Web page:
PCDR

Pakistan Construction Disputes Report​

PCDR confirms that the construction industry is consumed in fault finding and defensiveness which results in disputes and litigation. We received comments from various professionals, contractors, and government clients that the industry is highly adversarial. In particular, the client and contractor relationship need to be thoroughly re-examined.

Pakistan’s construction industry is not alone in having adversarial attitudes, however, the developed world (United States, United Kingdom, Middle East etc) has taken positive steps to try to reduce such attitudes with the growth of ADR. The debate over adjudication, conciliation/mediation and arbitration has been very strong throughout this report and there has been growing consensus over the action needed. The launch of the CIArb’s Pakistan Branch is just one of the steps taken to promote and introduce ADR and support avoidance and amicable resolution of disputes without recourse to the courts, through its Dispute Resolution Service.

PCDR was designed in the form of 30 questions that were asked to understand and develop a comprehensive nature of Pakistan’s construction industry. PCDR reveals the following results:

Number of disputes per project

■ 95% of projects had 1 or more disputes, with 11% of projects having more than 11 disputes.

■ The value of disputes ranges from less than PKR 1 million for 29% of the disputes to greater than PKR 500 million for 8% of the disputes.

■ The disputes that were of low value were largely resolved through negotiation with 58% of the disputes being resolved in less than one year.

■ The high-value disputes tended to have a longer duration, with 8% lasting five or more years. The main causes of disputes were extension of time (10%), payment delay (10%) and the behaviour and competency of people (9%). This is due to unrealistic project programmes and timelines agreed upon between the parties. When sequencing and project outcomes do not go as planned, it results in non-payment and the adversarial behaviour of project teams, causing minor variations to transform into major disputes.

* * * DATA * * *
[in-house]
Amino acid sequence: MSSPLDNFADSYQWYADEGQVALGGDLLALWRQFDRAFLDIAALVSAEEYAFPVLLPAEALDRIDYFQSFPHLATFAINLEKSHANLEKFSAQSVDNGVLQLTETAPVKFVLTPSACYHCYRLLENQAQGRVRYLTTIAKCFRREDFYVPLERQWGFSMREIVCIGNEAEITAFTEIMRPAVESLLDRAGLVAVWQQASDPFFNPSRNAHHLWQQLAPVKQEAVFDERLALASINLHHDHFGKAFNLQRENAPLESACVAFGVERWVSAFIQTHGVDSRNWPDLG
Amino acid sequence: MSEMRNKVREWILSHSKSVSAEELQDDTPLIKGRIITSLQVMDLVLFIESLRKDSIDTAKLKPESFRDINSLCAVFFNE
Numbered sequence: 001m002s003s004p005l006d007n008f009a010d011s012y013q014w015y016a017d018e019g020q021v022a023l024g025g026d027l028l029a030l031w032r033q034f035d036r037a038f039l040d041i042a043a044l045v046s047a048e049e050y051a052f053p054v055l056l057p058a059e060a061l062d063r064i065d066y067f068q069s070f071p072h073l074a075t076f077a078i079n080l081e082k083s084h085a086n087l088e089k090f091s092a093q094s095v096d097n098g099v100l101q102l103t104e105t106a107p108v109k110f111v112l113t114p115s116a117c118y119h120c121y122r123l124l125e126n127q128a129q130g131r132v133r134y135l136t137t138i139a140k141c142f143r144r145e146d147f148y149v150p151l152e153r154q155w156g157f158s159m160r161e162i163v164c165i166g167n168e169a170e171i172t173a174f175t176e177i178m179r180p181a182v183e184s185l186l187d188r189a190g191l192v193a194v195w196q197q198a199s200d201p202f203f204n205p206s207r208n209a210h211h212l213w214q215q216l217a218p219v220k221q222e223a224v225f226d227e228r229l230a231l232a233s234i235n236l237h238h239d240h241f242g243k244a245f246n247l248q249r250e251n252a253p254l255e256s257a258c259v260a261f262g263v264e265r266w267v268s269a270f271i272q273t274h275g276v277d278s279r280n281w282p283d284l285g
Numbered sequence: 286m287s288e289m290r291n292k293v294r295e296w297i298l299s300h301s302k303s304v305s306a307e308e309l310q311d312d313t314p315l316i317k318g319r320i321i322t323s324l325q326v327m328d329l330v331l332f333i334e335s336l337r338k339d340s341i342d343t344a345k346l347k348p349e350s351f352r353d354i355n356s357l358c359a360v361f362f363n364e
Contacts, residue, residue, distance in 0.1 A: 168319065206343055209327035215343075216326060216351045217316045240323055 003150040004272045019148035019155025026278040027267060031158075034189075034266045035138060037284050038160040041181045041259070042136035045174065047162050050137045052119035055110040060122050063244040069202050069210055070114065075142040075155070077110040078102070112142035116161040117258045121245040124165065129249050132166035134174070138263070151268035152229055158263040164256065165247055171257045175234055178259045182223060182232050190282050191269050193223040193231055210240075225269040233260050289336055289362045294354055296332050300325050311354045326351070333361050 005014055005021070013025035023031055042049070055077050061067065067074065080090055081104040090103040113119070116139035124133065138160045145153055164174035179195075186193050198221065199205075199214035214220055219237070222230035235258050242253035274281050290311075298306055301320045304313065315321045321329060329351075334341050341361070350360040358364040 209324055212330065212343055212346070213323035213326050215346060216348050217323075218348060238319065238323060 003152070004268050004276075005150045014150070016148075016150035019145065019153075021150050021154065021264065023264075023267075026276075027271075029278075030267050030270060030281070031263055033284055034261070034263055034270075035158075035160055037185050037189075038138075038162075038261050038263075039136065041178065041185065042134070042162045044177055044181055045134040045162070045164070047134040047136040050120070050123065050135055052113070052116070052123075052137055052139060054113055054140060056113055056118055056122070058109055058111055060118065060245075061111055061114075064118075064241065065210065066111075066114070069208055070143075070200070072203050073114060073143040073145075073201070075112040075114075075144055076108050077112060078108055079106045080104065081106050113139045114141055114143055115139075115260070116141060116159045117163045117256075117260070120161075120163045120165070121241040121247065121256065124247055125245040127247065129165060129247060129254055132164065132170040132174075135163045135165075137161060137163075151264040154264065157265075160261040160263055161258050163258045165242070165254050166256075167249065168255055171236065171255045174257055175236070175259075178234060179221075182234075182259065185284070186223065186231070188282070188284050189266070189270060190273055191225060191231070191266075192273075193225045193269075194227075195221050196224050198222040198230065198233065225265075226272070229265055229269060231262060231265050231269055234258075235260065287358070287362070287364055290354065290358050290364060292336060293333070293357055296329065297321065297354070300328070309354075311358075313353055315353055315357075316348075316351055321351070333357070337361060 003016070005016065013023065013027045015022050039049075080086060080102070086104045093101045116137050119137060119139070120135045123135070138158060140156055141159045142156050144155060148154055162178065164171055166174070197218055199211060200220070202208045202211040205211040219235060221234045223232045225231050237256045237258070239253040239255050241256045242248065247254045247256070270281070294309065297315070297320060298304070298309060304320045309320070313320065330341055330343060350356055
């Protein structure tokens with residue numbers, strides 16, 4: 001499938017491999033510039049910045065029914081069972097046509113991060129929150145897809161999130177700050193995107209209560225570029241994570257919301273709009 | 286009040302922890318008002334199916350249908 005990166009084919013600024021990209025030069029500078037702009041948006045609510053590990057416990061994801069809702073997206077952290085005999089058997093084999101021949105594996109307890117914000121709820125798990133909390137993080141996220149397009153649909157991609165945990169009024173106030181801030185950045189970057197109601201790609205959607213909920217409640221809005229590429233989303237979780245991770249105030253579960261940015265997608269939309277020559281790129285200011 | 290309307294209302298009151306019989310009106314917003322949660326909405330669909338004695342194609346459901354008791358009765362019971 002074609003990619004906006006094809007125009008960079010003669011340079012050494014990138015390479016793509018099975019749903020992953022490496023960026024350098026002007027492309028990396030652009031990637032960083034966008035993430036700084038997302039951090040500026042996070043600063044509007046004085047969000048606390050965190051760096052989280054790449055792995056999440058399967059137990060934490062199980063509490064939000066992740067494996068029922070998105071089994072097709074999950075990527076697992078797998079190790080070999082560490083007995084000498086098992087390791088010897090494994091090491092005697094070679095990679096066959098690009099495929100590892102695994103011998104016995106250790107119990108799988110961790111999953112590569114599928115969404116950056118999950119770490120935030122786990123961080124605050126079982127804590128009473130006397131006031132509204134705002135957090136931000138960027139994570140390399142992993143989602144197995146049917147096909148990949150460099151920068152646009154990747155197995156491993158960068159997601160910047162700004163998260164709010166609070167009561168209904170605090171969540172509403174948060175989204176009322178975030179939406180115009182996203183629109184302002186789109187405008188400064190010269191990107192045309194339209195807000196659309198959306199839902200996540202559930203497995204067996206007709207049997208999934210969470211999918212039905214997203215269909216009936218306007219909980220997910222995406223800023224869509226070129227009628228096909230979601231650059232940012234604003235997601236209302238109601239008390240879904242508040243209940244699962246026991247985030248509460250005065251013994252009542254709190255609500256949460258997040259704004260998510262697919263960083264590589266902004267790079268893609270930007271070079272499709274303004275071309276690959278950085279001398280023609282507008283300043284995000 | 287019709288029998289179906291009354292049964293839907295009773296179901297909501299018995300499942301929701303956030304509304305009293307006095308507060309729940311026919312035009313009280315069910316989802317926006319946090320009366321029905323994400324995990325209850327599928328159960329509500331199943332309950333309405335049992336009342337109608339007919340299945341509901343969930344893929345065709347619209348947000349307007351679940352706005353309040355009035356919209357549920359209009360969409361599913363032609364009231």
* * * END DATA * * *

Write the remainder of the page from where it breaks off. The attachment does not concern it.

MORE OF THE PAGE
■ Unrealistic contract programme (7%) also received a high return as a cause of dispute. After further investigation, it appears that due to delay in design information (6%), construction programmes are squeezed resulting in poor workmanship and, in some areas, cutting corners. Health and safety practices were not listed as a cause of dispute, however, respondents flagged that in most cases, quality, health, safety and environment do suffer due to time constraints.

■ Despite the impact of COVID-19 (5%) in the last 2 years, the construction industry continued across the globe yet experienced many delays and disruption due to lockdowns, social distancing and Standard Operating Procedures (SOPs) which were adopted to remain safe and vigilant.

■ We were keen to understand how aware respondents were of ADR in Pakistan and their views on its effectiveness and efficiency. Just 56% were aware of ADR with 53% viewing it as effective. Only 22% agreed that the legal system in Pakistan is supportive of ADR.

■ The main methods of ADR used are negotiation with the other party (50%), arbitration (18%) and mediation (11%); surprisingly, litigation was only 4%. Several respondents cited that they are involved in lengthy claims and disputes with litigation costs on the rise.

■ The proportion using expert evaluation (9%) in construction was unexpected and is an area to be explored further.

PCDR Global Comparison

The PCDR and the global reports by Arcadis and HKA’s CRUX contain many similarities in the way they identify disputes across industry sectors and geographical regions; namely, listing the main causes of dispute before similarly making recommendations. However, the way these factors are discussed differs greatly.